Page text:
Fallen Flags Combo: Classic Twin Cities Railroading & Classic Chicago Railroading

Rated 5 out of 5 based on 1 customer rating
(1 customer review)

$29.95 $14.98

Here are two shows presenting your favorite fallen flags: Filmed during the 1960s and 1970s at two of the country's railroading hot spots: Chicago and the Twin Cities of Minneapolis/St. Paul.

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Here, combined on one Combo DVD, are two shows presenting favorite fallen flags. These programs were filmed during the 1960s and 1970s at two of the country’s railroading hot spots: Chicago and the Twin Cities of Minneapolis/St. Paul.

Classic Twin Cities Railroading
Pentrex takes you back to the golden days of Minneapolis/St. Paul railroading in this, the third in its popular Fallen Flags Series. All the footage in this presentation was shot during Spring of 1970, just after the merger of Burlington Route, Great Northern, and Northern Pacific which formed the Burlington Northern. All the railroads shown here are Fallen Flags: Soo Line; Minneapolis, Northfield & Southern; Chicago & North Western; Burlington Northern; Rock Island; and Milwaukee Road.

A wide variety of locomotive types can be seen, including Alco, GE, Baldwin, EMD, a Fairbanks-Morse, a rare Baldwin DT-6-2000 center cab switcher, and an unusual home-built electric switcher. You’ll view locomotives painted in predecessor colors (Burlington Route, Great Northern, Northern Pacific, and Chicago Great Western) as well as in the paint schemes of the featured roads.

This nonstop parade of equipment is seen at Shoreham Yard, Glenwood Junction, Westminster Tower, Belt Yard, St. Paul (“Pig’s Eye”) Yard, Dayton’s Bluff Yard, St. Paul Union Depot, Inver Grove, and the now-defunct Koppers Coke Plant with its custom electric switcher. A final highlight is a ride in a dome car on the Morning and Afternoon Zephyrs to experience the sights between the Twin Cities.(52 Minutes)

Classic Chicago Railroading
This incredible compilation is based on 8mm color films taken by noted railroad photographer Dick Wallin during the 1960s and ’70s. Featured are these historic railroads: * Baltimore & Ohio, * Belt Railway of Chicago, * Burlington Northern, * Canadian National, * Chesapeake & Ohio, * Chicago, Burlington & Quincy, * Chicago & Eastern Illinois, * Chicago & North Western, * Chicago Great Western, * Chicago River & Indiana, * Chicago South Shore & South Bend, * Elgin, Joliet & Eastern, * Erie Lackawanna, * Grand Trunk Western, * Great Northern, * Gulf, Mobile & Ohio, * Illinois Central, * Indiana Harbor Belt, * Louisville & Nashville, * Milwaukee Road, * Monon, * New York Central, * Northern Pacific, * Norfolk & Western, * Penn Central, * Pennsylvania Railroad, * Rock Island, * Santa Fe, * Seaboard Coast Line, * Soo, * Wabash and * early Amtrak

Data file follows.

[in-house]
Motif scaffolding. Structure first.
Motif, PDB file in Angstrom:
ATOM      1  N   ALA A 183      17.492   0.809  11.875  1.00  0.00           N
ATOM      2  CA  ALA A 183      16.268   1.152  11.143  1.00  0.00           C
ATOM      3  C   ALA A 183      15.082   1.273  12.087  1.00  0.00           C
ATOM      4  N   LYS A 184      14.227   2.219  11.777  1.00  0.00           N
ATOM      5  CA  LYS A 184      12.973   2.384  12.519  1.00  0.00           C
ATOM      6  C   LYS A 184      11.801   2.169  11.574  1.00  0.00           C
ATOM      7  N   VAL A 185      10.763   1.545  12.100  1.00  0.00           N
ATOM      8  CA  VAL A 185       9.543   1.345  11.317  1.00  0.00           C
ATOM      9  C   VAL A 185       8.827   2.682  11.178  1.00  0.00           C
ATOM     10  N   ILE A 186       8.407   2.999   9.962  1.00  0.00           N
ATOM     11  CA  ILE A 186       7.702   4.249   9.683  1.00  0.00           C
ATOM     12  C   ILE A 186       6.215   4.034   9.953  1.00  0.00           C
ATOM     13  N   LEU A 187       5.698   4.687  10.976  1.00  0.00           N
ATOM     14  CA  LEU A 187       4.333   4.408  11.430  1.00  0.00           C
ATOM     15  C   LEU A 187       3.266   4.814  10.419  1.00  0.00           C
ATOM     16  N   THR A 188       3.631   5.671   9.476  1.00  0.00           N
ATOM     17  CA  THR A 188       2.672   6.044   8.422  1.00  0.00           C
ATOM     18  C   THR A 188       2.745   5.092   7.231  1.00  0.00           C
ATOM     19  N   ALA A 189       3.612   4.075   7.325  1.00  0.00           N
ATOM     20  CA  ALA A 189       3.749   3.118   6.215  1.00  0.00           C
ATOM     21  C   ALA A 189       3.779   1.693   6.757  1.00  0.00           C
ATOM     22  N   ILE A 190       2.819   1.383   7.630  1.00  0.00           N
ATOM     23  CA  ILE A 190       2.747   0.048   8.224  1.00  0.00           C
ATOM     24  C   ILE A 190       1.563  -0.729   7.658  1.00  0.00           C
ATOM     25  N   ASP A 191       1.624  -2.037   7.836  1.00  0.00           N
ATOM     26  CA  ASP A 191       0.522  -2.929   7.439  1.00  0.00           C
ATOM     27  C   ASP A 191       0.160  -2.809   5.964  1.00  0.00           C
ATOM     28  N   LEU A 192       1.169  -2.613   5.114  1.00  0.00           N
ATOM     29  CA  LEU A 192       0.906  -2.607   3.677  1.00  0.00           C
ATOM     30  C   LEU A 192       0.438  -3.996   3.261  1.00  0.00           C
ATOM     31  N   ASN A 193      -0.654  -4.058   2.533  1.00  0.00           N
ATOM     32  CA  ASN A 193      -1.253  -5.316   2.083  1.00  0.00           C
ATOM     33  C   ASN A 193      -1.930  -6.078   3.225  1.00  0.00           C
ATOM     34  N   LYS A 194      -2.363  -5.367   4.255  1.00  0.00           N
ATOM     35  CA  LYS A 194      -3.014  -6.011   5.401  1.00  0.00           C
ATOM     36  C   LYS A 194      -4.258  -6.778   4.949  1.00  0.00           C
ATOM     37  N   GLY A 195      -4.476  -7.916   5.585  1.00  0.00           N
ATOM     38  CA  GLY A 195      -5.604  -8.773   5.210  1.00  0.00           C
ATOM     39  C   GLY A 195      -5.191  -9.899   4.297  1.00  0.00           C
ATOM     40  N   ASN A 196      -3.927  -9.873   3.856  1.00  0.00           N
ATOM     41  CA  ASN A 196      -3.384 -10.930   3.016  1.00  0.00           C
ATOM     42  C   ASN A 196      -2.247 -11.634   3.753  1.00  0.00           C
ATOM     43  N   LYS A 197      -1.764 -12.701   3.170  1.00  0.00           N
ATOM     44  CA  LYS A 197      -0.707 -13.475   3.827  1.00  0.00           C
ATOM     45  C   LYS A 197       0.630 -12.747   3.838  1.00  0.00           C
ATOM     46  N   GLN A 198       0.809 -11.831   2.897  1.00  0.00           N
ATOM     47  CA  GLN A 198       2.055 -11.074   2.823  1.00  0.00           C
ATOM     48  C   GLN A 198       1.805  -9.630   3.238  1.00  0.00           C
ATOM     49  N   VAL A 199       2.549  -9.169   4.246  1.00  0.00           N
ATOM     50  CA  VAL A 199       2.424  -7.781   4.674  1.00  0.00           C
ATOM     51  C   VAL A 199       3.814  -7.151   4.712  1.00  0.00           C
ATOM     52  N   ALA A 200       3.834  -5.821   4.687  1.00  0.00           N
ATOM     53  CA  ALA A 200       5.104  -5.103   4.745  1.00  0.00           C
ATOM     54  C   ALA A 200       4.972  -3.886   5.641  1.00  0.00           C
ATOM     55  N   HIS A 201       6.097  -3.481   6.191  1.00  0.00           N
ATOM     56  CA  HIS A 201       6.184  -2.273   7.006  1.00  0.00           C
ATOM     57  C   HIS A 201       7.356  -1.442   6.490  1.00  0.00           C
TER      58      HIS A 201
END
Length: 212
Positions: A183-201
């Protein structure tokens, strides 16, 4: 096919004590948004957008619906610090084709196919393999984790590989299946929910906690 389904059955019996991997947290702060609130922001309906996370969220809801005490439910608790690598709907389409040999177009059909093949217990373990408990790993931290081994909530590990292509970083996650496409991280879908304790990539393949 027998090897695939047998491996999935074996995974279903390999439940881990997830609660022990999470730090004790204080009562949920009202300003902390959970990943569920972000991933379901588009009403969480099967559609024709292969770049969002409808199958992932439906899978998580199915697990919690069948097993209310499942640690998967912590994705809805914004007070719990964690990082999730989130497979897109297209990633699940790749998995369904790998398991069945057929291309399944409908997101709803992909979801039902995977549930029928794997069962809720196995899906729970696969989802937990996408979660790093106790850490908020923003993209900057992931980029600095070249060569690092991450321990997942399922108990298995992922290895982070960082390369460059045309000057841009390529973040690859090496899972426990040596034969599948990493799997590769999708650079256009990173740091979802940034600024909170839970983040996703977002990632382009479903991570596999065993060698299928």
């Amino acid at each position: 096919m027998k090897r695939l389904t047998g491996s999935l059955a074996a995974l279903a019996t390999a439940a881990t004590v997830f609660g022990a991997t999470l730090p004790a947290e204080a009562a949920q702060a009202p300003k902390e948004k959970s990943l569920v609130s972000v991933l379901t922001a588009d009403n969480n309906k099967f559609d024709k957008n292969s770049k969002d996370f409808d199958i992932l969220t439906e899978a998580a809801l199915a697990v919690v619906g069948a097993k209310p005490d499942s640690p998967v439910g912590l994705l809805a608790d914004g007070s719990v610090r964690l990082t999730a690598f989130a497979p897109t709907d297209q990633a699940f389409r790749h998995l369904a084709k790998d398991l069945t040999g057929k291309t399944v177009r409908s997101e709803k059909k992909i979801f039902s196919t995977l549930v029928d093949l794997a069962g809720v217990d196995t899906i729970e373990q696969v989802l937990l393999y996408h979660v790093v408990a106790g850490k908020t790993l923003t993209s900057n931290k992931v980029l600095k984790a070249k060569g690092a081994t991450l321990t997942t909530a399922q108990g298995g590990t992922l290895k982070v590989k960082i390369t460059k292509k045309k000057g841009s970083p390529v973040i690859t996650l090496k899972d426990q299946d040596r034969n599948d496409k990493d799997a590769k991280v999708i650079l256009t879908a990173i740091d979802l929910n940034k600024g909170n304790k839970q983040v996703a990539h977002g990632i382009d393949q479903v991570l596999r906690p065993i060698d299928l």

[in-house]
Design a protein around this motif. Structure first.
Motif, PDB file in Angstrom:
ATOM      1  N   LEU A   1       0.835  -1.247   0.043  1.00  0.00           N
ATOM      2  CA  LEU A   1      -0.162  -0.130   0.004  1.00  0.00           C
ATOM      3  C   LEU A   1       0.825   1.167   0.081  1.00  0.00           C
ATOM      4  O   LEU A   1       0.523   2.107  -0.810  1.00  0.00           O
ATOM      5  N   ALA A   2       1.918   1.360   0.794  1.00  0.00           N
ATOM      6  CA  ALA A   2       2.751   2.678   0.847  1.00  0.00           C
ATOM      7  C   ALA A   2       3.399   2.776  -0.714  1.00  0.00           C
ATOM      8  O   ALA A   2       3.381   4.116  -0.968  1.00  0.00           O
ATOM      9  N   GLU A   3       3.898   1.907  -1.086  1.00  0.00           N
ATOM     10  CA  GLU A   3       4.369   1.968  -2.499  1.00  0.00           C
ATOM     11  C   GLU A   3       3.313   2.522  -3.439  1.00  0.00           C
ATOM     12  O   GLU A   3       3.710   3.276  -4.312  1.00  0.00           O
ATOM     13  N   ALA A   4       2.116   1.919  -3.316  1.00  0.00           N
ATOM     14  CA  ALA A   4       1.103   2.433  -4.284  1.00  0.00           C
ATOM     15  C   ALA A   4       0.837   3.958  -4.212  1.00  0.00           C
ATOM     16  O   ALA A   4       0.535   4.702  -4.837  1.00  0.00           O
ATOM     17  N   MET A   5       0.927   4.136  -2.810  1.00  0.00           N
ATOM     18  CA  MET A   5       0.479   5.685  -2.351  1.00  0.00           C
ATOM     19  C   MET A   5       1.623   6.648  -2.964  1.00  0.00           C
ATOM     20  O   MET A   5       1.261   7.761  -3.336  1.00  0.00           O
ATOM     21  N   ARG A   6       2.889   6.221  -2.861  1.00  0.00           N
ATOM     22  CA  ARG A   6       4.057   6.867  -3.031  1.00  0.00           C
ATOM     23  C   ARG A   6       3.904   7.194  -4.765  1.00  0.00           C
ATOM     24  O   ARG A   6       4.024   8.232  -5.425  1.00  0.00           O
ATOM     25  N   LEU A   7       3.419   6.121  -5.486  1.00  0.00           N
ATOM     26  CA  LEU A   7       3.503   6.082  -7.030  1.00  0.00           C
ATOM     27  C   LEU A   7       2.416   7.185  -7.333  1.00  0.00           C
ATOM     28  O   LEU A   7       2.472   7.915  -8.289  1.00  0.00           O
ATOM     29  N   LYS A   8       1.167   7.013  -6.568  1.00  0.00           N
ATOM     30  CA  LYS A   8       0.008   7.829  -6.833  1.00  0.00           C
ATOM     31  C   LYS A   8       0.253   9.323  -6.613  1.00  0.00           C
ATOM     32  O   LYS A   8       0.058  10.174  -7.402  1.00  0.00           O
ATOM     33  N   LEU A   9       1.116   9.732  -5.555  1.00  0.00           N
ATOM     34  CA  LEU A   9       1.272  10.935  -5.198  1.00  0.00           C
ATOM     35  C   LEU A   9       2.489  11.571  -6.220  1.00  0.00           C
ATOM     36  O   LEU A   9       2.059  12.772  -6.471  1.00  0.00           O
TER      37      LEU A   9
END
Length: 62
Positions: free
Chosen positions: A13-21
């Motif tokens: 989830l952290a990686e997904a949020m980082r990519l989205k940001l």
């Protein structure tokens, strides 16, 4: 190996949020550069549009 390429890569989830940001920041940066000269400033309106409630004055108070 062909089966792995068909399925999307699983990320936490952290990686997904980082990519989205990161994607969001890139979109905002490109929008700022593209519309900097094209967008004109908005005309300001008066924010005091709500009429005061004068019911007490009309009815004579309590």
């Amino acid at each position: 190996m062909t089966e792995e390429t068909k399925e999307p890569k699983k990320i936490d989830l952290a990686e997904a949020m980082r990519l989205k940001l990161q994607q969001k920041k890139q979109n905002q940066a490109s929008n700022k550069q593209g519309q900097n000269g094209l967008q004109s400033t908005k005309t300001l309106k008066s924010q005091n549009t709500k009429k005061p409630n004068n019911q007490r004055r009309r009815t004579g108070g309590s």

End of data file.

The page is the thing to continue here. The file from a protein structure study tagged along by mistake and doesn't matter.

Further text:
Enjoy rare scenes filmed during the changing seasons at the best train watching locations throughout the Chicago area and into Northern Indiana. You’ll see and amazing variety of motive power, from classic diesels to the latest in ’70s motive power, heading up a terrific mix of freight and passenger trains, including the Broadway Limited, Empire Builder, Hiawatha, San Francisco Zephyr, City of New Orleans, and more. (84 Minutes)

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1 review for Fallen Flags Combo: Classic Twin Cities Railroading & Classic Chicago Railroading

  1. Rated 5 out of 5

    rrvideoman, Delisle Saskatchewan

    Here is a good representation of railroading in the 1960’s/early 70’s in 2 major USA cities. This video is a Combo, so take note that the 2 videos do vary in their make up. In ‘Twin Cities’, the producer takes us around the city and shows the action of each area and each railroad of note. The time frame stays relatively constant. Very easy to follow, and some very interesting scenes along the way. ‘Classic Chicago Railroading’ on the other hand jumps all over the place and has no format to location. On the other hand, it does follow a time format based over close to 10 years from the 60’s into the 70’s. Both do an excellent job at showing us the wide variety of power, and companies in each city. And there is a lot. Some very interesting types of power that are unusual make appearances, like some center cabs (Baldwin DT-6-2000). In Chicago, we see the last days of independent passenger rail, followed by the intro of Amtrak to the days when Amtrak actually was operating in it’s full, own colours. Over all, a great video production, but if following a map, it is difficult to follow the format of the presentation. It does bring back to memory the early diesels that so many of us remember as being the main power. Not disappointed with the video at all. My children sat through it and asked many questions as the video progressed. I believe that says enough.

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